[00:06:29] Lisa Rivera: We are all complex systems of emotion, right? And you take that anywhere you go, whether it's in your job or at the park or pick up your kid from school or dinner table. And that comes into the boardroom too. And we are all there, because we feel we have a mission or a duty and we're vocal about that. Some of us are very vocal about it and some less so.
It's not unheard of or new to have disagreement amongst board directors and to not see eye to eye on how things are happening or being handled. I think there's a lot of respect on the board. Every board director brings really incredible, valuable talents to the board. I look at everybody who's on the board, and there's pieces of them I wish I embodied better. I think that this time it just reached a very personal level. And it's hard to escape that.
You know, we pass items, and we make decisions, and we move on to the next one pretty easily, because we have a lot to handle in every given month.
I didn't see this one going away. I didn't see this one being resolved.
[00:07:42] Jane Tunks Demel: The divorce part of it really brings it home because we all know that it takes years to untangle from a marriage. There's separation, then there's the legal process of divorce, then you have to divide up all your assets, you know what I mean? It takes forever.
[00:07:58] Lisa River: My divorce wasn't a secret. I didn't hide that, I told plenty of people. And I changed my name, for heaven's sake. So it was kind of obvious that I was going to be experiencing a new family dynamic and situation, but as anybody who's gone through a divorce knows it's not cut and dry. It's very complicated. It's very nuanced. It doesn't happen in one day, at one moment.
It's an ongoing process, especially when there's children involved. So, it's not something that you can just look at and say on X date, this is when it happened, or this is when the move was. It is a process, and it has been.
[00:08:39] Jane Tunks Demel: And Lisa, you were there when Eden Mack resigned too, right?
[00:08:43] Lisa Rivera: Uh-huh
[00:08:45] Jane Tunks Demel: And did it feel like was the dynamic similar in her situation?
[00:08:51] Lisa Rivera: The board dynamic changes every two years, with every election. It's different people and a different makeup and different dynamics. And that's something you kinda have to roll with. When I came on, I came into a board Leslie Harris was the president.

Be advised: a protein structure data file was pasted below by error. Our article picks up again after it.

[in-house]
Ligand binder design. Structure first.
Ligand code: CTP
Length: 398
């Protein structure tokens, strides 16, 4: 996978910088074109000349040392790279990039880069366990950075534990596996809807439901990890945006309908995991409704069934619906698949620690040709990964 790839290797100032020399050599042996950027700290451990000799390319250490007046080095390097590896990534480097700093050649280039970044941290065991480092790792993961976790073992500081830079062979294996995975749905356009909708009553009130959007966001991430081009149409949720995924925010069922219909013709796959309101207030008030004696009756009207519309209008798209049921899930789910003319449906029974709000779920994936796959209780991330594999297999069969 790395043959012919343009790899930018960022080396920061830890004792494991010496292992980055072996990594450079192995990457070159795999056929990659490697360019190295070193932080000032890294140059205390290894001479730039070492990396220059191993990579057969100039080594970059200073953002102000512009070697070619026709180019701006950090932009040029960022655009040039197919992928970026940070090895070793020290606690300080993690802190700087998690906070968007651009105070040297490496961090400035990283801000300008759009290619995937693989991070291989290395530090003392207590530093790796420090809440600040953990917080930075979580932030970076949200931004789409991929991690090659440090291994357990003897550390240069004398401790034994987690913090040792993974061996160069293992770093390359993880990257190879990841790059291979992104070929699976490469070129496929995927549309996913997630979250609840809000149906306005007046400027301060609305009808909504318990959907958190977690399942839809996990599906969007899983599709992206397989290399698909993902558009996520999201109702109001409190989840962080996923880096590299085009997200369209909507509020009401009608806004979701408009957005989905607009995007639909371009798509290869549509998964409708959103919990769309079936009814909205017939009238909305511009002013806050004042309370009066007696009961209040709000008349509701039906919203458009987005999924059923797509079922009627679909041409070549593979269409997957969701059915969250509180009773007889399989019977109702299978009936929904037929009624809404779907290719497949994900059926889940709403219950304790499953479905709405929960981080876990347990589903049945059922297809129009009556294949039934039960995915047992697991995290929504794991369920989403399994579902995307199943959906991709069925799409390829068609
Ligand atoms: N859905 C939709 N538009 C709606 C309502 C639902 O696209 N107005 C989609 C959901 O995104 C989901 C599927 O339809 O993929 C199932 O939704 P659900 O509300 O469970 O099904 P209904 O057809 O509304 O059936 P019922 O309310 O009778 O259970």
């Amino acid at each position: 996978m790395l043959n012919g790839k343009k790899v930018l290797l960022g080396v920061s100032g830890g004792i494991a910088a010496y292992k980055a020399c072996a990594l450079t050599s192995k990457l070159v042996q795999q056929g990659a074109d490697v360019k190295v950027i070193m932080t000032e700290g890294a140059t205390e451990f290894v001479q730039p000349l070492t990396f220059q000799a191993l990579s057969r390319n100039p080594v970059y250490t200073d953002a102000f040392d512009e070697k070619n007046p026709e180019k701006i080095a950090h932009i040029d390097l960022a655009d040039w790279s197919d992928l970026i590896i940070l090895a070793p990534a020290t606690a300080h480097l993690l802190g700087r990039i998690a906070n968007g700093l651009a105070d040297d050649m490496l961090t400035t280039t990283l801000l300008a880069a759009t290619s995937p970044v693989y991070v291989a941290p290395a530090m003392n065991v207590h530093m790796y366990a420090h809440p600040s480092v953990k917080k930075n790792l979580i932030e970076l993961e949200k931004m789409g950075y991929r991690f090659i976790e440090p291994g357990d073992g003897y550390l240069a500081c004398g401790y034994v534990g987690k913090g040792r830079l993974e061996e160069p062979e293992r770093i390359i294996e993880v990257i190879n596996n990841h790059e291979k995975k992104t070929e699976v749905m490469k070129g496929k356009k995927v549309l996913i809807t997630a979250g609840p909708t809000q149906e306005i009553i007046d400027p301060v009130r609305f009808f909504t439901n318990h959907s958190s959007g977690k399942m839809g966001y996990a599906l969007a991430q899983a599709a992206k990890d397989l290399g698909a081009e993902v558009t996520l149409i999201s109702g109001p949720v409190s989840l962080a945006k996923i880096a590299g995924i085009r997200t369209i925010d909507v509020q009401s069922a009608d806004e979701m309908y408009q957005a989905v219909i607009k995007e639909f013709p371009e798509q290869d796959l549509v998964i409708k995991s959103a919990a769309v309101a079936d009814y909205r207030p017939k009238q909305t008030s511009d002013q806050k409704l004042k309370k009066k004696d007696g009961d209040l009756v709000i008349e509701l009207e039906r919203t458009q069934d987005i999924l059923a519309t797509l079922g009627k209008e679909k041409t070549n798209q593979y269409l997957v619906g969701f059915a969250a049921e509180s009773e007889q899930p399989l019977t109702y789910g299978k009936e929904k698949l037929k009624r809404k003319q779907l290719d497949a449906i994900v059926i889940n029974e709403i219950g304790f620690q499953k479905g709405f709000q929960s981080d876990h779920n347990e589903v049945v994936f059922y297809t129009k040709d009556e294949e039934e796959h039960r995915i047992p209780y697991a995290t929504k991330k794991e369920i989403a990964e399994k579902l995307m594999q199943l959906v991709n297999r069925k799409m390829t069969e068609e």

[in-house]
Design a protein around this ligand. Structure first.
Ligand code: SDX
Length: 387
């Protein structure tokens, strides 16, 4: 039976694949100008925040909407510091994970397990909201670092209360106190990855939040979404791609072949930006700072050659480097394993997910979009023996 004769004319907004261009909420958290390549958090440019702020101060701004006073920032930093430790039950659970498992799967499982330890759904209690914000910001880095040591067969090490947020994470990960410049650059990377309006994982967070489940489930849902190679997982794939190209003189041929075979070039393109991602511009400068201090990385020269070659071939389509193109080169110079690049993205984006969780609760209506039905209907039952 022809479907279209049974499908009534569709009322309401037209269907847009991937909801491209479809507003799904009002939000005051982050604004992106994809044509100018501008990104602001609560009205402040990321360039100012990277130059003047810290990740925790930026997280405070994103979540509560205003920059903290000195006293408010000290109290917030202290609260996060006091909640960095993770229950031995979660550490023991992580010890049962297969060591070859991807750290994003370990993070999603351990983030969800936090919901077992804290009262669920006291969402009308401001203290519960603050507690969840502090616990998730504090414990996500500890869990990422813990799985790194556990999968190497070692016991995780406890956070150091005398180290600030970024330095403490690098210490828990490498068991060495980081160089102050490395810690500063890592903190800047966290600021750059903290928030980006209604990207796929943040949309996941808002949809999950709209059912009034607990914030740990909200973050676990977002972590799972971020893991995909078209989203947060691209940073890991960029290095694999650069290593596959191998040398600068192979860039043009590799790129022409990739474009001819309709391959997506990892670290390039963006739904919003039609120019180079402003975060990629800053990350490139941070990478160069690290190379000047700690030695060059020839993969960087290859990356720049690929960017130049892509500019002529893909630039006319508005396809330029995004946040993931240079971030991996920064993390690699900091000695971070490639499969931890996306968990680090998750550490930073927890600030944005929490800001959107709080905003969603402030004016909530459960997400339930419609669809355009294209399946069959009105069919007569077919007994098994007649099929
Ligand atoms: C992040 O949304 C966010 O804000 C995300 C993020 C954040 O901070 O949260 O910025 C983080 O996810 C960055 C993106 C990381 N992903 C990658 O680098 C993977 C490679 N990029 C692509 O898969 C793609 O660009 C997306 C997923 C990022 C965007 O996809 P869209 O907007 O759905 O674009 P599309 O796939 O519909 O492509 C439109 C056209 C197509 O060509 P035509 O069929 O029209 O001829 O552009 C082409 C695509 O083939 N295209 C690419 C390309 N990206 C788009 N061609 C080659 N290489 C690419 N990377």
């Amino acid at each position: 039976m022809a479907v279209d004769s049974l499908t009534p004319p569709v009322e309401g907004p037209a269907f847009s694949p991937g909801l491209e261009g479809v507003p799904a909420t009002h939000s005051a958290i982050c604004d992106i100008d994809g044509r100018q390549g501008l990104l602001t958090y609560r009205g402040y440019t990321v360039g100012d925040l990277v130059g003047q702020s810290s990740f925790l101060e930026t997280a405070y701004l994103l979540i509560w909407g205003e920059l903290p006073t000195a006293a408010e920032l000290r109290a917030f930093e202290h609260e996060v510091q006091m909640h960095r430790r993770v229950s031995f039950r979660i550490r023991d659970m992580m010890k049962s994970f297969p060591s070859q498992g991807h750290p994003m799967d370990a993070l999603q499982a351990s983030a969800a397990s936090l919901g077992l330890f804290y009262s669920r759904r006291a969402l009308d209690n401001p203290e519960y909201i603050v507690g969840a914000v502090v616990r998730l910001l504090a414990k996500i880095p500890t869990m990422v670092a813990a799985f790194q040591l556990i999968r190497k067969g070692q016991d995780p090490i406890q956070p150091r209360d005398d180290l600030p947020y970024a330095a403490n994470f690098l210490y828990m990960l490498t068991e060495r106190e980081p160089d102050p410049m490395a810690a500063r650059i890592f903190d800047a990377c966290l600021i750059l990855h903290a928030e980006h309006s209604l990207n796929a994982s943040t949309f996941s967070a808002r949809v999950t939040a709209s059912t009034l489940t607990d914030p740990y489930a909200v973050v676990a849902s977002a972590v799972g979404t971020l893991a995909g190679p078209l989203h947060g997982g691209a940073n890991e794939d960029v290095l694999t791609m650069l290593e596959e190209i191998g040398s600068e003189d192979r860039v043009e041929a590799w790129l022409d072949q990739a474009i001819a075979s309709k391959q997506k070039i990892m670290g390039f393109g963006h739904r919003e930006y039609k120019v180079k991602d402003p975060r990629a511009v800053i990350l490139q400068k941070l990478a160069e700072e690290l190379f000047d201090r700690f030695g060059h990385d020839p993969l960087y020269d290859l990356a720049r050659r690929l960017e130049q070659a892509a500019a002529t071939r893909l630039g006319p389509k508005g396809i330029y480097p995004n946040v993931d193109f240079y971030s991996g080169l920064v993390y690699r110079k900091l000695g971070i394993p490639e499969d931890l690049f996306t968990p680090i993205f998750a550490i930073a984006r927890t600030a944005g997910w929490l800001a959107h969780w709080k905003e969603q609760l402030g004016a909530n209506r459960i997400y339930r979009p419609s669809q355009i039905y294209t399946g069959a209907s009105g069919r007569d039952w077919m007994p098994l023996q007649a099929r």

It had Rick Burke, Jill Geary, Scott Pinkham, people who weren't there when I finally got on the board and was myself a voting member. And then two years later it changed again. So if that happens, you kind of got to find a new footing and find a new way to work with the different people because everyone brings their own style and their own approaches.
But again, people are complex systems of emotions and people are going to bring their experiences. They're gonna bring their characteristics. They're gonna bring their traumas. Everyone's bringing their stuff to this board.
So sometimes you got to be, again, curious, not judgmental. You got to really try to understand more of what's really behind an approach or behind a statement.
To go back to Eden Mack, I have so much respect for Eden. And I was really looking at her as a mentor on the board when I came onto it. And so when she resigned, that was like, to me, that was scary. Not that I'd gotten to know Gina or Evan very well just yet, but I know how that feels to suddenly lose people that you were like, wait, I was supposed to learn from you. I was supposed to have you help along with the other board members show me the ropes and help get me acclimated.
So I really do. I super am sad that I won't be there to work with them because they both seem like amazing people who I'm sure are going to do great things for our district.
[00:10:33] Christie Robertson: What do you think about the changes to the policy in board member residency that are being proposed on Wednesday.
[00:10:41] Lisa Rivera: I saw that the board has a policy update on Wednesday's agenda, adding specific procedures of when and to whom directors shall notify the district of changes in residency/voter registration.
And all I can say is I think that's great, because I think it puts a point on the fact that these procedures do not currently exist, I think it definitely makes sense to notify the necessary parties when moves happen and registrations change.
I've always served in my district, and I continue to serve in my district, but my family situation as it is now, I will no longer be in my district very soon. And it's caused my residency situation to be a little murky.
But I want to not have it be murky. I want it to be ironed out. And when it is finally ironed out, I will not be in District 2.
There's always gonna be a lot of curiosity about what was happening for both myself and Vivian that brought us to our resignation. For myself, it was honestly, 2023 was a very pivotal year for me just personally.
But as I said, according to the RCW, I would've been allowed to continue serving until the next election because if you read the RCW, which it's hard to read 'cause it's legal speak, but it's RCW, is it 28A.343.350. About a director who moves can retain his or her position if X, Y, Z. If these things and my change in residency occurred after filing deadline, it's actually still kind of ongoing. As I said to the Seattle Times, everything's public record, my voter registration, where I'm getting my mail, where I'm on the mortgage and title of my house.
[00:12:38] Jane Tunks Demel: Yeah, and that's where I start to get concerned because, for directors who won 70 percent of the citywide vote and now are stepping down. And in their place, we're going to have someone for two years or two directors for two years that are appointed. And if there's not a community engagement process, when they're making these appointments, it means that the voters won't have any representation for these positions.
[00:13:05] Lisa Rivera: Yeah, no directly elected representation. No, it'll be up to five people.
[00:13:11] Jane Tunks Demel: And at a time when there's a $105 million deficit and also school closures and consolidations, in the next two years, it's going to be some of the biggest changes Seattle Public Schools has had in over a decade. And to not have representation where the voters get to weigh in, that's something that really concerns me.